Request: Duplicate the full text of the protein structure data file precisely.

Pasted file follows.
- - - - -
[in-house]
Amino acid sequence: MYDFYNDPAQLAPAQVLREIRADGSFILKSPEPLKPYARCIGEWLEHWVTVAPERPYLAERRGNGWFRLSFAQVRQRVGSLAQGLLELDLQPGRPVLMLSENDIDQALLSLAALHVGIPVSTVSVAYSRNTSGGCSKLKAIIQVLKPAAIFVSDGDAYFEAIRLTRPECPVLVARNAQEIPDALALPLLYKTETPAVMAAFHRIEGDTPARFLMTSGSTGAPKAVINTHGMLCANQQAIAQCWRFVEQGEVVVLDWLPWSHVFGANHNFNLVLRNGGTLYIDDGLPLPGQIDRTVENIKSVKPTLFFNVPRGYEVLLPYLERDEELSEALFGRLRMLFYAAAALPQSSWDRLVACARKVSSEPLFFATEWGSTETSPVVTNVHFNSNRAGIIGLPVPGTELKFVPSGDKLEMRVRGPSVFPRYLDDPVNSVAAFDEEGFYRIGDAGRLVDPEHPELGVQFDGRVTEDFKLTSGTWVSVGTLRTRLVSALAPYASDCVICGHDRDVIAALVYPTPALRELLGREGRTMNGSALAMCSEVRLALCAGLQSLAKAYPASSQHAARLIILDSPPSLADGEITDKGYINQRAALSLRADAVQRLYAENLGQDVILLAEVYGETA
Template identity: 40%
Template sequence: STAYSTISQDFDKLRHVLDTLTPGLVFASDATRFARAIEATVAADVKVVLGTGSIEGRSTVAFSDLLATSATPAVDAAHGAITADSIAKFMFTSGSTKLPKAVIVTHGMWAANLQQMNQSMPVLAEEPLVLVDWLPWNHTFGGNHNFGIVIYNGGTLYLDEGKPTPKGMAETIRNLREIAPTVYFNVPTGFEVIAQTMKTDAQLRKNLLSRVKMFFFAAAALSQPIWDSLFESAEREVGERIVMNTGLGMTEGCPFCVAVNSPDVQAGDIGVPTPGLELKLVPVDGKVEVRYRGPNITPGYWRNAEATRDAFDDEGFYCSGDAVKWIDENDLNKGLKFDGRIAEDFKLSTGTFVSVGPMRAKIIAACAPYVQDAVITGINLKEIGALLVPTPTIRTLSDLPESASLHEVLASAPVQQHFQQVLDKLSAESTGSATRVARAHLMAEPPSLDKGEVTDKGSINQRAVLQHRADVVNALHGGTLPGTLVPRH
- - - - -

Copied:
[in-house]
Amino acid sequence: MYDFYNDPAQLAPAQVLREIRADGSFILKSPEPLKPYARCIGEWLEHWVTVAPERPYLAERRGNGWFRLSFAQVRQRVGSLAQGLLELDLQPGRPVLMLSENDIDQALLSLAALHVGIPVSTVSVAYSRNTSGGCSKLKAIIQVLKPAAIFVSDGDAYFEAIRLTRPECPVLVARNAQEIPDALALPLLYKTETPAVMAAFHRIEGDTPARFLMTSGSTGAPKAVINTHGMLCANQQAIAQCWRFVEQGEVVVLDWLPWSHVFGANHNFNLVLRNGGTLYIDDGLPLPGQIDRTVENIKSVKPTLFFNVPRGYEVLLPYLERDEELSEALFGRLRMLFYAAAALPQSSWDRLVACARKVSSEPLFFATEWGSTETSPVVTNVHFNSNRAGIIGLPVPGTELKFVPSGDKLEMRVRGPSVFPRYLDDPVNSVAAFDEEGFYRIGDAGRLVDPEHPELGVQFDGRVTEDFKLTSGTWVSVGTLRTRLVSALAPYASDCVICGHDRDVIAALVYPTPALRELLGREGRTMNGSALAMCSEVRLALCAGLQSLAKAYPASSQHAARLIILDSPPSLADGEITDKGYINQRAALSLRADAVQRLYAENLGQDVILLAEVYGETA
Template identity: 40%
Template sequence: STAYSTISQDFDKLRHVLDTLTPGLVFASDATRFARAIEATVAADVKVVLGTGSIEGRSTVAFSDLLATSATPAVDAAHGAITADSIAKFMFTSGSTKLPKAVIVTHGMWAANLQQMNQSMPVLAEEPLVLVDWLPWNHTFGGNHNFGIVIYNGGTLYLDEGKPTPKGMAETIRNLREIAPTVYFNVPTGFEVIAQTMKTDAQLRKNLLSRVKMFFFAAAALSQPIWDSLFESAEREVGERIVMNTGLGMTEGCPFCVAVNSPDVQAGDIGVPTPGLELKLVPVDGKVEVRYRGPNITPGYWRNAEATRDAFDDEGFYCSGDAVKWIDENDLNKGLKFDGRIAEDFKLSTGTFVSVGPMRAKIIAACAPYVQDAVITGINLKEIGALLVPTPTIRTLSDLPESASLHEVLASAPVQQHFQQVLDKLSAESTGSATRVARAHLMAEPPSLDKGEVTDKGSINQRAVLQHRADVVNALHGGTLPGTLVPRH